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How to Determine if You Qualify for Student Loan Consolidation

If you’re juggling multiple student loans, you’ve probably thought about how much easier it would be if you only had one payment to make each month. That’s possible through consolidation, which many lenders offer. It can make paying off student loan debt faster and more convenient. But do you qualify? We can help you find out.


What kind of loans do you have?

There are two types of student loan consolidation – federal and private. Which path you pursue is largely determined by the kind of loans you have. Almost everyone qualifies for federal consolidation, but it’s only available for federal loans and doesn’t lower your interest rate. In fact, it can actually increase your rate.  With federal consolidation, your credit score doesn’t matter. You can bundle your federal loans together, shorten or lengthen your payback time frame, choose a new servicer, and remain eligible for many federal benefits. However, the new interest rate would be a weighted average of the underlying loan rates, rounded up to the nearest eighth of a percent. And the clock starts over for any loan forgiveness programs that require a certain number of on-time payments.

Private consolidation is more selective, but if you qualify, you could potentially lock in a much lower interest rate and save thousands of dollars over the life of your loans. With private consolidation, a lender pays off your private and/or federal student debts and issues you a new loan with new terms. The interest rate is determined by your credit history and economic conditions. Consolidating federal loans with a private lender makes you ineligible for benefits like income-based repayment and loan forgiveness. However, the savings are often well worth it. A recent review by Comet found that people who consolidated with private lenders saved an average of $259 a month and $19,231 over the life of their loans.

What are the advantages of private consolidation?

There are many advantages to private consolidation. You can combine federal and private loans, choose a fixed or variable interest rate, add or release a co-signer, and change the length of your loan term to pay it off faster or slower. With only one payment to make each month, it’s much easier to track progress toward being debt-free. But of all the benefits, getting a lower interest rate is the most valuable. Private lenders can offer significantly lower rates than the federal government. Shaving even a few percentage points off your rate can add up to thousands of dollars a year in savings.

Who is eligible for private consolidation?

Consolidation requirements vary by lender, but there are some common themes. Most lenders want to work with people who have graduated and are now employed. It’s important to have a good credit history, with a FICO score of 650 or higher and a low debt-to-income ratio. Your monthly debt payments should not be more than 36% of your gross monthly income. The minimum amount of debt to consolidate is usually $5,000. For more information about specific requirements, see our reviews of the best banks for loan consolidation.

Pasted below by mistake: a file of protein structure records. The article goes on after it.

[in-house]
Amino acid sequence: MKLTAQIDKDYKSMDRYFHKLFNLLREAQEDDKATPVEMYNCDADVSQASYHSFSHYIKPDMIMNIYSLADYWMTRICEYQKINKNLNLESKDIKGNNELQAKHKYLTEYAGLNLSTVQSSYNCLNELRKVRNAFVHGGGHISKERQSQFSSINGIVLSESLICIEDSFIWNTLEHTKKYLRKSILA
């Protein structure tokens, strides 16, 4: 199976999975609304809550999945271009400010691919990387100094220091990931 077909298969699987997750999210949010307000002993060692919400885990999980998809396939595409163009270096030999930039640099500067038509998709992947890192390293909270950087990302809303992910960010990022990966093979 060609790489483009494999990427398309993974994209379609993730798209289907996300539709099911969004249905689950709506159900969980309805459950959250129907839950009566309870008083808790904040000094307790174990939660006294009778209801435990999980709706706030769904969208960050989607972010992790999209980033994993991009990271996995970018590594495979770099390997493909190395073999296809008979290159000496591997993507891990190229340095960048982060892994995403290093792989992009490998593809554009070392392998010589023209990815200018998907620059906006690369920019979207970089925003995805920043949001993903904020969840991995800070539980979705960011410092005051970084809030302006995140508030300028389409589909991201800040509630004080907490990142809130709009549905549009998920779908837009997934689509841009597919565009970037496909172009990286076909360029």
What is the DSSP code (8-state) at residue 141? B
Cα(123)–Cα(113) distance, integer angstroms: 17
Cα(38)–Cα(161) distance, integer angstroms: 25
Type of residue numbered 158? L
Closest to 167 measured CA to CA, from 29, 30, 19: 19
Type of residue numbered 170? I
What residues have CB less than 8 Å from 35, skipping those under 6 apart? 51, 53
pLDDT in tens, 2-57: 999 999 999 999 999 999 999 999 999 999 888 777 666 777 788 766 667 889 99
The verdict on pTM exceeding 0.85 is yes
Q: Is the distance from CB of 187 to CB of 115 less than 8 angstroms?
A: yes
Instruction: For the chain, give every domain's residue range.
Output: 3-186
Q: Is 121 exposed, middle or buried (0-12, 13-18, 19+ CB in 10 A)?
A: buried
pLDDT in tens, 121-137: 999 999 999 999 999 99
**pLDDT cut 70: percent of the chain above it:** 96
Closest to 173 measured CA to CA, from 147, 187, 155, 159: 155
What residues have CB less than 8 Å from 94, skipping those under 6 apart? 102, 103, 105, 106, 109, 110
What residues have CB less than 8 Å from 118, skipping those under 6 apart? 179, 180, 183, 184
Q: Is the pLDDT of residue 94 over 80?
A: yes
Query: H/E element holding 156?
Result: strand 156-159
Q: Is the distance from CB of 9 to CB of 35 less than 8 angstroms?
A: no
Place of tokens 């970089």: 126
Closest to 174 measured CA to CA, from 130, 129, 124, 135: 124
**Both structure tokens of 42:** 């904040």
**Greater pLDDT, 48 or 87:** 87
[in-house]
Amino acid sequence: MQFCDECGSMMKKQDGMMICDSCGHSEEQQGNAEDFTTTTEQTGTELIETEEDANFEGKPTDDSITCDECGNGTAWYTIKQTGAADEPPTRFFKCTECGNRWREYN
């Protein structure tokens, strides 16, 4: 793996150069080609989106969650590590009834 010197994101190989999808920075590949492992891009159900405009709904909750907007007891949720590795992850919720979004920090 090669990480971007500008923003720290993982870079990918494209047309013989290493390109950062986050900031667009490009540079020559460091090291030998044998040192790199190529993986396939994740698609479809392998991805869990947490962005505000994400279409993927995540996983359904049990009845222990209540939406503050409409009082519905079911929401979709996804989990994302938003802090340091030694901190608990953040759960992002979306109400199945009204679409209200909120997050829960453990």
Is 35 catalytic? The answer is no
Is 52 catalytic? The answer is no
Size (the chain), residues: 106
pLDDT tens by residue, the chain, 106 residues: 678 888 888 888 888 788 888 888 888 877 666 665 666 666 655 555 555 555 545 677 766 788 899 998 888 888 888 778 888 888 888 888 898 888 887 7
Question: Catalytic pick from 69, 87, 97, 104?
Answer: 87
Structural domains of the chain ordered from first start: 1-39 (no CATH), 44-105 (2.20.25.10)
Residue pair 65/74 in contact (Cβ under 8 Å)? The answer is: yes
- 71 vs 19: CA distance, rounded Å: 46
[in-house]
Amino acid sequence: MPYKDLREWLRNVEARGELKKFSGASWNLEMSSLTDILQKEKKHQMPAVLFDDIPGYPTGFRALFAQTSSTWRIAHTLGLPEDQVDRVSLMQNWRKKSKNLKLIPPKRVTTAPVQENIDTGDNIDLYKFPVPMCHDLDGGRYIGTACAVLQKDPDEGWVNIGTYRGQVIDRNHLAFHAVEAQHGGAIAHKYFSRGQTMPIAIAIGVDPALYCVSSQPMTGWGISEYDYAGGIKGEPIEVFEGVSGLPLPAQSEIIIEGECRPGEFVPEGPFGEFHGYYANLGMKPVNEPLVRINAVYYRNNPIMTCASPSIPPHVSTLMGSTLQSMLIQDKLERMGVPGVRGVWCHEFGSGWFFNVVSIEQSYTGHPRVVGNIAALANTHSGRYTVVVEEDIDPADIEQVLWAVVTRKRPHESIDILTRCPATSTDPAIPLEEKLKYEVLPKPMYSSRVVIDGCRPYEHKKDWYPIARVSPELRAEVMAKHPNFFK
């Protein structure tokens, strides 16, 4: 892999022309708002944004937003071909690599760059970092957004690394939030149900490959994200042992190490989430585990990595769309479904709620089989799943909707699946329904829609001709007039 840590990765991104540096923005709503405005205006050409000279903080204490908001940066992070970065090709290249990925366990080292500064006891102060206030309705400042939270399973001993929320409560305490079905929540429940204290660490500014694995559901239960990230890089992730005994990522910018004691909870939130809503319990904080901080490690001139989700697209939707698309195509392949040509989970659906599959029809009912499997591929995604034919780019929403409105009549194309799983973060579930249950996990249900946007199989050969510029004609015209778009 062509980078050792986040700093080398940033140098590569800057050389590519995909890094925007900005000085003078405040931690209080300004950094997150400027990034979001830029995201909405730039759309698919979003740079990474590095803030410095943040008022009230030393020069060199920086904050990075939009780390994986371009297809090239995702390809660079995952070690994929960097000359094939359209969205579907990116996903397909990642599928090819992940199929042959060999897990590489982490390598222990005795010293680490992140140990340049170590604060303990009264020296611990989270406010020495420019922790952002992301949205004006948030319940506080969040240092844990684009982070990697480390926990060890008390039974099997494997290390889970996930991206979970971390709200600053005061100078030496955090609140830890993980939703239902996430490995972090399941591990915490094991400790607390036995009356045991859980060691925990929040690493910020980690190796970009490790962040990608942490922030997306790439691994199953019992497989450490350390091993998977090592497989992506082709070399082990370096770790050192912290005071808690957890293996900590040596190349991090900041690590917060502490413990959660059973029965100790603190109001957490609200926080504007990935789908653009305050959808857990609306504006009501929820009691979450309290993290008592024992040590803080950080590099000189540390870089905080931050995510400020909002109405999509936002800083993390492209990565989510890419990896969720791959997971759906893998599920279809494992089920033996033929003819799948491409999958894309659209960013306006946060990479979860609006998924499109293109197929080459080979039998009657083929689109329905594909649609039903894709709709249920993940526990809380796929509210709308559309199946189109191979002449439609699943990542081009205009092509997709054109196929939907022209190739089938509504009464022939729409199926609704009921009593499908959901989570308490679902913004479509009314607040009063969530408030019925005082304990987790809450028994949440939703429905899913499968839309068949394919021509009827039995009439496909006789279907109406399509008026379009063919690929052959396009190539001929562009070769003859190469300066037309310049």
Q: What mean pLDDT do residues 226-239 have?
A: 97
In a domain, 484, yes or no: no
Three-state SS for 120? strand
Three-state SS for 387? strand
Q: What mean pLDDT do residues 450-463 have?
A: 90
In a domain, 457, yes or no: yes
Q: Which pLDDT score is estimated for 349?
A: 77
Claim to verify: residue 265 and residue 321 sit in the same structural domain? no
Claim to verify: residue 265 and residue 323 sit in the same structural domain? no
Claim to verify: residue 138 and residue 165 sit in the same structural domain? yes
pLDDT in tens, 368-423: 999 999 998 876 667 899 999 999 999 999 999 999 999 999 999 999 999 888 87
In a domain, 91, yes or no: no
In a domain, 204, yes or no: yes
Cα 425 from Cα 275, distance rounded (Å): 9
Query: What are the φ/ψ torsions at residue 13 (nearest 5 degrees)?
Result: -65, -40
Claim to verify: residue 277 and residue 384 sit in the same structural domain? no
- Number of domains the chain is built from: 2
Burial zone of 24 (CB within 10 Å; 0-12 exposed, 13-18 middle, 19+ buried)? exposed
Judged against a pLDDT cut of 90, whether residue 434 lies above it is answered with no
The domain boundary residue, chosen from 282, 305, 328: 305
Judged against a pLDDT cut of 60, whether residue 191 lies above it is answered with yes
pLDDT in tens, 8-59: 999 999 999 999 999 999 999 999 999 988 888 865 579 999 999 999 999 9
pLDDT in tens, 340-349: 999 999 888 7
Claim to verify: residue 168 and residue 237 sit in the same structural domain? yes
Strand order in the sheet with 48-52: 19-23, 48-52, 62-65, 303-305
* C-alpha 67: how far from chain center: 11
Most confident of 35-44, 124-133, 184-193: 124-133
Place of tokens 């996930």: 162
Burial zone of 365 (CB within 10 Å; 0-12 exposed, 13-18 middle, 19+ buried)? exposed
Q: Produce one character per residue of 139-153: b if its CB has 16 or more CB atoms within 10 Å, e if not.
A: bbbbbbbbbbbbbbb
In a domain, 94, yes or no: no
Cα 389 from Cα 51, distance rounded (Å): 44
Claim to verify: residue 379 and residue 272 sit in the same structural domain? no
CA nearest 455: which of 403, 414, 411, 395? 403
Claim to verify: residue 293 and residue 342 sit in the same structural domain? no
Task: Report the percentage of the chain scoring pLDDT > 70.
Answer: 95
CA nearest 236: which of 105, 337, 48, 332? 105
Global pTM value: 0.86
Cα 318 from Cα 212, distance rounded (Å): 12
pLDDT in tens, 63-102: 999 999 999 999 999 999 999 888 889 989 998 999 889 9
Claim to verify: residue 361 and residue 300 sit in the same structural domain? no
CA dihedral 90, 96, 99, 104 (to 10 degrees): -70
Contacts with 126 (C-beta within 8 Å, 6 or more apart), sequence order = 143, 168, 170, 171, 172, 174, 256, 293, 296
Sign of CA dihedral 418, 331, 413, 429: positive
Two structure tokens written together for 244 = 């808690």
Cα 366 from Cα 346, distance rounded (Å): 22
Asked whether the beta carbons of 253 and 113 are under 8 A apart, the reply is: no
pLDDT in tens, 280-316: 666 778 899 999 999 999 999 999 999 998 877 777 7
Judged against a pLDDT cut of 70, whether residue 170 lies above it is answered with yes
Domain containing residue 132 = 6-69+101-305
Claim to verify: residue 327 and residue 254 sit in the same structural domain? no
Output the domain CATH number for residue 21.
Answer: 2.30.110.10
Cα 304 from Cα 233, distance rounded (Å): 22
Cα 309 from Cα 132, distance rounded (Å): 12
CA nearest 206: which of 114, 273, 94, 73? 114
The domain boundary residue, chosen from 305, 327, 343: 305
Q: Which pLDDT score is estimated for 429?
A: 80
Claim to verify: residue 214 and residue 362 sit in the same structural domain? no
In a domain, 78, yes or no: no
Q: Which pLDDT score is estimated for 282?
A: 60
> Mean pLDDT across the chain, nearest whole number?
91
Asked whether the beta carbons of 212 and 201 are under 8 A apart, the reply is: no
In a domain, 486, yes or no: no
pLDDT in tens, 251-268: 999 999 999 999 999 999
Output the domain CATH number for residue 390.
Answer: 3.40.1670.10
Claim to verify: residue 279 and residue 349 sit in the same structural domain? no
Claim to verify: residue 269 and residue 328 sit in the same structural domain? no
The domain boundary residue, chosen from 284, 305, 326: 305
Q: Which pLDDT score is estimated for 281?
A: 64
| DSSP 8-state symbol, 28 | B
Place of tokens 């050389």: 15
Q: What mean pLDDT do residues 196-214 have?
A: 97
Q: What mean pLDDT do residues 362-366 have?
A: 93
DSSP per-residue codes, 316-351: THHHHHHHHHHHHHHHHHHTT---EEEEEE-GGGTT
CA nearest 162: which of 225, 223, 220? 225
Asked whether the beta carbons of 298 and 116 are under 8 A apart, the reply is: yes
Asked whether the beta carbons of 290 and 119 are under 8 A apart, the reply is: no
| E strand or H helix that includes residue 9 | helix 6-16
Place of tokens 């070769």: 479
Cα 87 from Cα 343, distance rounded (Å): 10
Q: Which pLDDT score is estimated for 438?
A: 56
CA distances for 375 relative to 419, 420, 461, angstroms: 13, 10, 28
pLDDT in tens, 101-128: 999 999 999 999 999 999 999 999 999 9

Are there any disadvantages?

Private lenders generally have fewer forbearance and deferment options if you experience job loss or economic hardship. Consolidating federal loans with a private company would make those loans ineligible for income-based repayment and loan forgiveness programs.  If you work in the public service sector and could eventually qualify for loan forgiveness, it’s important to consider how much could potentially be written off, and how that compares with the savings from a lower interest rate. Some borrowers strategically consolidate certain loans but leave others out, to cut costs but retain some benefits.

Other considerations when consolidating apply to any type of loan. Variable interest rates are generally lower than fixed rates and can look very attractive, but they can go up significantly over time. Consider the length of your loan and assess your risk tolerance before choosing a variable rate. And with any consolidation – federal or private – if you lengthen the term, you will likely pay more, even with a lower interest rate.

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How do you find the best rate?

Now is a great time for borrowers interested in consolidating. In the past few years, new lenders have revitalized the industry and created a much more consumer-focused market. Most companies have online applications that take less than 5 minutes and give you personalized quotes that you can compare side by side. The inquiry is considered a “soft pull” and does not impact your credit score.

We highly recommend that you shop around and get quotes from at least three lenders before making a decision. The following companies are a great place to start. They topped our 2017 rankings, based on their interest rates, transparency, product offerings, ease of applying, and customer service.

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